Anxiety and depression impact your quality of life. You can use marijuana to alleviate the symptoms. It activates the endocannabinoid system which regulates mood and emotional responses. THC and CBD are known to reduce anxiety and improve mood.
Marijuana can also have negative effects on mental health. It is particularly risky if you are predisposed to psychiatric conditions like schizophrenia. Talk to a healthcare provider before using marijuana for anxiety and depression.
This chronic autoimmune disease affects the central nervous system. It causes symptoms like muscle spasticity and pain. Marijuana reduces muscle spasticity and pain from multiple sclerosis. Sativex, a cannabis-based medication with THC and CBD. It has been approved in some countries to treat MS-related spasticity. However, Sativex can cause side effects like dizziness and nausea. Use it under the supervision of a healthcare provider.
Evidence suggests that marijuana can treat epilepsy. It is particularly effective for patients whose seizures have not responded to traditional treatment. The active compounds in marijuana have anticonvulsant properties. They can reduce the frequency and severity of seizures. However, the use of marijuana for epilepsy treatment remains controversial and is not yet widely accepted as a mainstream therapy.
Further research is needed to determine the safety and efficacy of marijuana in treating epilepsy and the appropriate dosages for different patients. Only use marijuana for treating epilepsy under your doctor’s supervision.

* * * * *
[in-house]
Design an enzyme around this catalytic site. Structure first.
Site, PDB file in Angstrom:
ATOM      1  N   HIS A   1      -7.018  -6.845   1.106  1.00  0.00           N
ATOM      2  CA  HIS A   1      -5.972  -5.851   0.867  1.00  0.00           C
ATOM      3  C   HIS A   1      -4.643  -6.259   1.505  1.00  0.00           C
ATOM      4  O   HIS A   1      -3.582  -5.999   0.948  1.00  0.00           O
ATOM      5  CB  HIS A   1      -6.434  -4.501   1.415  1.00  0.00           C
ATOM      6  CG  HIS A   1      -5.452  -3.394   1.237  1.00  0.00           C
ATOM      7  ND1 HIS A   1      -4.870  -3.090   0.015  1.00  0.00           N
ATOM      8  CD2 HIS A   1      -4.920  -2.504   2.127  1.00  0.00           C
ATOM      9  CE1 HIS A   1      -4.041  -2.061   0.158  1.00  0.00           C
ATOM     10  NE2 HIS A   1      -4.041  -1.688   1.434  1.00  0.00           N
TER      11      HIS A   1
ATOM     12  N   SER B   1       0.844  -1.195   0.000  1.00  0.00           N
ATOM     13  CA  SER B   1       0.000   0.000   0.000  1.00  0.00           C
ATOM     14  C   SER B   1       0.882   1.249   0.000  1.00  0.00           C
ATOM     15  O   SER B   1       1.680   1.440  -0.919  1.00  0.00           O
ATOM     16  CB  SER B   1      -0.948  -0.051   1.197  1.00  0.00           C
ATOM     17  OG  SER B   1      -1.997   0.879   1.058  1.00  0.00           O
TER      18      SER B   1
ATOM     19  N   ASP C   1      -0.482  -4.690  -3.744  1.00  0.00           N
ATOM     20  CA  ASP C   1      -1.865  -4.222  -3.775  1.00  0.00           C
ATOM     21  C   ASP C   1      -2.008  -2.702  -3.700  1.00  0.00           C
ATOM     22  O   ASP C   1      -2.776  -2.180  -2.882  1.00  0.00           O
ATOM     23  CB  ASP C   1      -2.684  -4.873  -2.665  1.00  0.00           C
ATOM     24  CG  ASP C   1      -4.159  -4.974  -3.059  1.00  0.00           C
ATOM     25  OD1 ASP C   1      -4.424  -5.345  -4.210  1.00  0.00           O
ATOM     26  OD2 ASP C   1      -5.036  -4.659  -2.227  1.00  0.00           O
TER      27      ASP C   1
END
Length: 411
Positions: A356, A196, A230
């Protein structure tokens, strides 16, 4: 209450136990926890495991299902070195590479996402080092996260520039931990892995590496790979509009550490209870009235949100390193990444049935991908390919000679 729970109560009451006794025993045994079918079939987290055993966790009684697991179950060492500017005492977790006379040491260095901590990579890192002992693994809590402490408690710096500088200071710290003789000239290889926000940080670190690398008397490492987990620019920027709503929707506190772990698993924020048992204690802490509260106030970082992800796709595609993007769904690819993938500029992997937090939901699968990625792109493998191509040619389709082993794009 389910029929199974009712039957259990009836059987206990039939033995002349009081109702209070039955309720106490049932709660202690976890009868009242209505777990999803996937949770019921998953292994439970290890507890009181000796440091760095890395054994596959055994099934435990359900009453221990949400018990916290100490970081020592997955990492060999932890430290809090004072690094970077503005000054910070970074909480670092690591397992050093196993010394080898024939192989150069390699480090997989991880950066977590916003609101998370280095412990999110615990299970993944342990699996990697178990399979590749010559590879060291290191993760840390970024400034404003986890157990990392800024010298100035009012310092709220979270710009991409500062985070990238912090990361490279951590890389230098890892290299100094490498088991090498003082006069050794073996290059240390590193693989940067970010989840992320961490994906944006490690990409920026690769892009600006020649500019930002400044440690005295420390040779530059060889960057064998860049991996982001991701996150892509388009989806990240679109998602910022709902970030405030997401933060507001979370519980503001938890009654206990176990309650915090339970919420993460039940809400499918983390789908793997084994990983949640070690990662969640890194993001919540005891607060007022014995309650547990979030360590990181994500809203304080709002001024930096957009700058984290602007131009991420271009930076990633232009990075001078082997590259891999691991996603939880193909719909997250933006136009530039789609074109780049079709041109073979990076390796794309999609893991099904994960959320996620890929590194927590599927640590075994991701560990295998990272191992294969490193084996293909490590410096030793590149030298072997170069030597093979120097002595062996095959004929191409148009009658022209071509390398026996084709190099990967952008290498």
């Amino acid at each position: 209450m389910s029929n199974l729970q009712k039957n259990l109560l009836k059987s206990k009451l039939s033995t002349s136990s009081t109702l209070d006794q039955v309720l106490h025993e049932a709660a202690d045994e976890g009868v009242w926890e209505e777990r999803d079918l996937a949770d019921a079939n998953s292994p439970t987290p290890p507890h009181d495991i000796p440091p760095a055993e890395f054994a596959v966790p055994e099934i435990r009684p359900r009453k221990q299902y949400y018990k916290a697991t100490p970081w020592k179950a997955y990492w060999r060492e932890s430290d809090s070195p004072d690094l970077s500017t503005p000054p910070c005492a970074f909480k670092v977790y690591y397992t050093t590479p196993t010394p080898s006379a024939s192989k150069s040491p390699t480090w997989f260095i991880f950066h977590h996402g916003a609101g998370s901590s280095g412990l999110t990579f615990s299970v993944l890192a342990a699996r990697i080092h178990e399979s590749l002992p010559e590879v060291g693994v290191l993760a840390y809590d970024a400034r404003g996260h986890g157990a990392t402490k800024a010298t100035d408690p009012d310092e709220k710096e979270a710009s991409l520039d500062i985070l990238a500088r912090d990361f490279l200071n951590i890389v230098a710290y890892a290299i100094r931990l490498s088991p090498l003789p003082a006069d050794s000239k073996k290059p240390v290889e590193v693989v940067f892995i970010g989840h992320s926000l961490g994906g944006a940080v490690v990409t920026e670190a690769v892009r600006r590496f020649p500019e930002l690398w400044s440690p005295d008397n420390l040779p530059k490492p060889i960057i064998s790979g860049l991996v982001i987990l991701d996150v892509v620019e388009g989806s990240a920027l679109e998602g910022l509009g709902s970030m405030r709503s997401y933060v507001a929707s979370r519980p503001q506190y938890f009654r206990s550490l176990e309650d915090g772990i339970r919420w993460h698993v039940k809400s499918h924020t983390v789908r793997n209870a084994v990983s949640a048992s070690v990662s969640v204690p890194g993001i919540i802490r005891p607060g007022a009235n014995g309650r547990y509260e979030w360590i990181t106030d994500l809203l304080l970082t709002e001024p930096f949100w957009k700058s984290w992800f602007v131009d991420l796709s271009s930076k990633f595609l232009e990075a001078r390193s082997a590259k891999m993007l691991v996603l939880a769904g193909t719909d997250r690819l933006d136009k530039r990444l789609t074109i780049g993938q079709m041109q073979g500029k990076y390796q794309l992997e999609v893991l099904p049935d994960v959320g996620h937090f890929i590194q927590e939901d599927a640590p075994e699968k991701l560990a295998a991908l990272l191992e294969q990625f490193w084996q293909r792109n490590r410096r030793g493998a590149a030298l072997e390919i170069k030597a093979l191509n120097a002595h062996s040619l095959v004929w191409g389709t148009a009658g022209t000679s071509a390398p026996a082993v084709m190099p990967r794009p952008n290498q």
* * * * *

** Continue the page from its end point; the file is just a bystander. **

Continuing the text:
Marijuana has been gaining attention as a potential treatment for cancer symptoms. While it’s not a cure for cancer, marijuana may alleviate symptoms like pain, nausea, vomiting, and anxiety associated with cancer treatments. Cannabinoids interact with your body and play a huge role in regulating various physiological processes. Some research suggests that cannabinoids may have anticancer properties and could potentially slow the growth and spread of tumors.
However, more studies are needed to understand the effects of marijuana on cancer fully. If you already take cancer medication, seek a professional opinion before using marijuana. It may interact negatively with the medication. Don’t use marijuana as a replacement for conventional cancer treatments.
Marijuana has been proposed as a treatment option for glaucoma, which increases pressure in the eyes and leads to vision loss. This is because cannabinoids can reduce intraocular pressure (IOP). They decrease the production of fluid in the eyes. However, while marijuana can lower IOP, its effects are short-lived and may not be sustainable.
Additionally, smoking marijuana is not recommended as it can cause further damage to the lungs and respiratory system. Instead, use alternative methods of ingestion, like edibles or topical creams. You can use marijuana as a supplementary treatment for glaucoma. However, don’t use it to substitute traditional medications. Consult a healthcare professional before using marijuana for glaucoma.
Some evidence suggests that marijuana has therapeutic benefits for Alzheimer’s disease. The cannabinoids in marijuana can reduce inflammation in the brain. They can promote the growth of new brain cells, which slow the progression of the disease. Marijuana is effective in reducing symptoms like agitation, aggression, and insomnia. These symptoms are commonly experienced by people with Alzheimer’s. The long-term effects of marijuana use on brain health are unclear.
Marijuana has potential therapeutic benefits for many medical conditions. However, you must use it responsibly and under the supervision of a healthcare provider. Marijuana can have negative effects on mental health and cognitive function. It can interact with other medications. If you want to use marijuana for medical purposes, talk to your doctor and determine whether it is safe and appropriate for you.